Many have said it before: Elon Musk has a lot, maybe too much, on his plate.
On Wednesday morning, the Tesla (NASDAQ: TSLA) CEO — also SpaceX CEO, Neuralink founder, The Boring Company CEO, and recently Twitter’s new owner and lord commander — sat behind the witness stand to defend why he’s worth the massive Tesla pay package that helped make him the world’s wealthiest person.
“The amount of pain, no words can express,” Musk said, recalling what it took for him, as CEO, to bring Tesla from near failure in 2017 to explosive growth. “It’s pain I would not wish to inflict upon anyone.”
And the reward was the largest amount of compensation a publicly traded company has ever awarded its CEO.
The compensation package — worth nearly $56 billion in 2018 when it was approved, with a net value of $50.9 billion today — depended on the company hitting certain targets in the next 10 years, with shareholders approving 12 tranches of options that Musk needed to surpass before vesting the full amount. This is on top of the about 22% shares of the company that he already owns.
The targets, which the plaintiff claims were too easy for the CEO to achieve, included attaining a market valuation of $650 billion, which at the time seemed impossible, considering it was over 10 times the company’s 2018 value of around $59 billion.
Tesla’s valuation hit the $1 trillion mark, albeit briefly, in 2021 following an announcement from Hertz, the car rental giant, saying that it would be buying 100,000 Tesla vehicles to add to its fleet. Then in 2022, after Tesla reported its first-quarter earnings, the company exceeded benchmarks and allowed the vesting of the ninth through the 11th of the 12 tranches, the last of which Musk is set to collect in early 2023.
The lawsuit, filed by minor shareholder Richard J. Tornetta, alleges that Musk’s compensation package was unjust enrichment and contends that he dictated his pay package to a board made up of close friends and his brother Kimbal Musk. It will seek to prove that the board failed to meet its legal duty to act in the best interest of the shareholders.
In his examination of Musk, Tornetta’s lawyer Gregory Varallo sought to show the power of Musk’s grip on the company, highlighting that the CEO often acted on his own, with little oversight from the board, citing instances like Musk recently announcing a potential stock buyback, him declaring that Tesla would become more valuable than Apple and Saudi Aramco, and bringing over Tesla engineers to help at Twitter.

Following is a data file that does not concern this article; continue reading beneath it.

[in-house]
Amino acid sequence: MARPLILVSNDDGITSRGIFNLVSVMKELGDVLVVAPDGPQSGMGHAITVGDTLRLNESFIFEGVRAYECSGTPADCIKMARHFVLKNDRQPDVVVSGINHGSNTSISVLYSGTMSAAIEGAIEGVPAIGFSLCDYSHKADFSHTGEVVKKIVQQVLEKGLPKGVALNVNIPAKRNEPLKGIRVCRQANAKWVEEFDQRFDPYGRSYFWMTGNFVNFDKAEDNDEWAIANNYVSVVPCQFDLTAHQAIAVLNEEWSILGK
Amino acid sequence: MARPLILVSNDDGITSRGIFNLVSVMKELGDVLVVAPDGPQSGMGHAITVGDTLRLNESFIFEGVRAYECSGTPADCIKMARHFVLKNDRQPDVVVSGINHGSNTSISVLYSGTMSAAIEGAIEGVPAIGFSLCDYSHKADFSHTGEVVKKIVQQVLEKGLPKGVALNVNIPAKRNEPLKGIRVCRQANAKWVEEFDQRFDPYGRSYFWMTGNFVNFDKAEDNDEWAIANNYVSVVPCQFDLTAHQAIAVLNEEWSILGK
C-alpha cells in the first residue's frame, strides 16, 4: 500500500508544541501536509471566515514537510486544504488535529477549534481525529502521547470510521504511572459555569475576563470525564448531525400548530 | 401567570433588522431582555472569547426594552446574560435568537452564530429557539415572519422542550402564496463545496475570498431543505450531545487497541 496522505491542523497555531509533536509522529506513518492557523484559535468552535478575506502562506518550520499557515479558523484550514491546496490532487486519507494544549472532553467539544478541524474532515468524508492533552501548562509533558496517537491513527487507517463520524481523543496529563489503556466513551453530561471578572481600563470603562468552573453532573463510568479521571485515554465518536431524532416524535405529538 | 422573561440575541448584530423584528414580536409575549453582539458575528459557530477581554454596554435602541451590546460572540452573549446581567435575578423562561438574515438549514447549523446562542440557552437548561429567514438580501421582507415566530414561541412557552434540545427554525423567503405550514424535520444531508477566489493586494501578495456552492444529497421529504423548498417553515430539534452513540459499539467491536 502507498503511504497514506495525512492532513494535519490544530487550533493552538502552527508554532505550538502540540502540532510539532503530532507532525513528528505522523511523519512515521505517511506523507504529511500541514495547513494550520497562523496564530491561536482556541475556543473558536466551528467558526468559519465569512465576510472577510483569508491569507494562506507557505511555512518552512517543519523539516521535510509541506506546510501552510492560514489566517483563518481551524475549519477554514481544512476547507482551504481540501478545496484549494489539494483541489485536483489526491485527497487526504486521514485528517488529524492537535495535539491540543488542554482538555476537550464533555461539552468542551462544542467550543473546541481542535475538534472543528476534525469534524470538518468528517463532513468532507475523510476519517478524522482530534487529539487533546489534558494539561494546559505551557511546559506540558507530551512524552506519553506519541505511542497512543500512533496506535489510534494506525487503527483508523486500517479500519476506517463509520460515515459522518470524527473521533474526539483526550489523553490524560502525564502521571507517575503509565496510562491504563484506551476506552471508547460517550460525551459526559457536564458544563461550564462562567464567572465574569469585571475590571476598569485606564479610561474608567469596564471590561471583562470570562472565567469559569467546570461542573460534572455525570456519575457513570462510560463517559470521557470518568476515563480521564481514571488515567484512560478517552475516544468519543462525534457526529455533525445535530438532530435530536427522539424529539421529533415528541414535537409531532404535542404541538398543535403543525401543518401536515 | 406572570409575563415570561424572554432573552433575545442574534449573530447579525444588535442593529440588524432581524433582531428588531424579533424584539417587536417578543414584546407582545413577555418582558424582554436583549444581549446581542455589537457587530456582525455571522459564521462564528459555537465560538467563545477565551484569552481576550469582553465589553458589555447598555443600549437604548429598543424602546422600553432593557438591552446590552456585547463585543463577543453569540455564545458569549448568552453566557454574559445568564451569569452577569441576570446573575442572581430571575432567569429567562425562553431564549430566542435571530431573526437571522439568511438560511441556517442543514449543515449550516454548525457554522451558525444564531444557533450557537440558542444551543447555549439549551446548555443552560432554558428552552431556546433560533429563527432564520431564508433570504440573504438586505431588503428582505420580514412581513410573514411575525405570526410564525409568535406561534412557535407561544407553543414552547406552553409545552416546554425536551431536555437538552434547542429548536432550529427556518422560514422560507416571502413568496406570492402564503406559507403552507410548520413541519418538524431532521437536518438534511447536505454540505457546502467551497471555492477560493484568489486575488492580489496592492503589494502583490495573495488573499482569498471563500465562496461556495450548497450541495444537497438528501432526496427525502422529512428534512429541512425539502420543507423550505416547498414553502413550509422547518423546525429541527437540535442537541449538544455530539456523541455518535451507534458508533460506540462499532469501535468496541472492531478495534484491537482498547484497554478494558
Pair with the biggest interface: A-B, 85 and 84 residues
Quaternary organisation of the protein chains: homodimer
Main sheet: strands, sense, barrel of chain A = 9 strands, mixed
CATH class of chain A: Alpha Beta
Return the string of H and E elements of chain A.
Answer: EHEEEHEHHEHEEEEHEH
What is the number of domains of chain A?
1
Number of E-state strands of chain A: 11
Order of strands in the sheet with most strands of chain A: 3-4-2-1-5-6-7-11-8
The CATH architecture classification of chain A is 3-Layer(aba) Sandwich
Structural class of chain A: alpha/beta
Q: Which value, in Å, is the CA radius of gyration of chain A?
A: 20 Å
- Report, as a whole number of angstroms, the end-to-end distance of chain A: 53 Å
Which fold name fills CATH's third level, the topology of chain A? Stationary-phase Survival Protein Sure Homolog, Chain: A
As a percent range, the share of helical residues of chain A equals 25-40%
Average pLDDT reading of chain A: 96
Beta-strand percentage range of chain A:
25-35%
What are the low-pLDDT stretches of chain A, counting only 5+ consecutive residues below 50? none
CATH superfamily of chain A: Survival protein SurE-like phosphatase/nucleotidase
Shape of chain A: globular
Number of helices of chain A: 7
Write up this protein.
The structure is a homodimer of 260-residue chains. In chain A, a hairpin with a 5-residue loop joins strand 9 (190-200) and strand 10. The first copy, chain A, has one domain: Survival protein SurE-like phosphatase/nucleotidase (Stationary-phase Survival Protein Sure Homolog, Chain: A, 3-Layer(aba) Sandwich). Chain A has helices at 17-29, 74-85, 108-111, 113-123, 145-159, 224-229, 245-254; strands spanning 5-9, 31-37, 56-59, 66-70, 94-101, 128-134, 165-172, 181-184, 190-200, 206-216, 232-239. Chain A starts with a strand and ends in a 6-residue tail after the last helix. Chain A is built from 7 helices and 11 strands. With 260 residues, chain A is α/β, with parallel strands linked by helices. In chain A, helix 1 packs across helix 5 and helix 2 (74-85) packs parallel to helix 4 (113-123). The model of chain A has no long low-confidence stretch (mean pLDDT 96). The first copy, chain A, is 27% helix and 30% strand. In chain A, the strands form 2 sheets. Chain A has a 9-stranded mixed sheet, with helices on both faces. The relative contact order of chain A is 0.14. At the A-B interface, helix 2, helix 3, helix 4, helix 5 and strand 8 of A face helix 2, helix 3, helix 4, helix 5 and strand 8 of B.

The latter Musk said was done voluntarily and on the engineers’ own time.
The trial will also focus on whether the package requires Musk to work full-time at Tesla. Long-time Tesla board member Ira Ehrenpreis told the court on Monday that the massive compensation package was designed to keep Musk’s attention on Tesla.
The suit described Musk as a “part-time CEO,” given his other concurrent pursuits. Just a few days ago, Musk was tweeting about how he’ll be working and sleeping at the Twitter headquarters “until the org is fixed” (note: the Tweet has since been deleted). The evening prior to him taking the stand, he was sending a sort of opt-in email to Twitter employees about “Twitter 2.0.”
Outside of the lawsuit, shareholders are also concerned over how much more of Musk’s time will be consumed by Twitter, and how the chaos at the social media firm in the past few weeks has dented Tesla stock. It has fallen by as much as 30% since he took over Twitter. The social media platform has been called an ‘albatross,’ and has caused Tesla to be taken off of Wedbush’s best ideas list earlier in November.
The case will be decided by Chancellor Kathaleen McCormick of Delaware’s Court of Chancery — the same judge who oversaw the short-lived dispute between Musk and Twitter, which ended before it reached trial, with Musk closing the $44 billion purchase of the platform.
But unlike the Twitter dispute, analysts believe that Musk has a higher chance of winning this case. The trial is expected to wrap by the end of this week. But Chancellor McCormick’s ruling will come later in the next few months.
Information for this briefing was found via CNN, The Verge, the New York Times, Insider, and the sources and companies mentioned. The author has no securities or affiliations related to this organization. Not a recommendation to buy or sell. Always do additional research and consult a professional before purchasing a security. The author holds no licenses.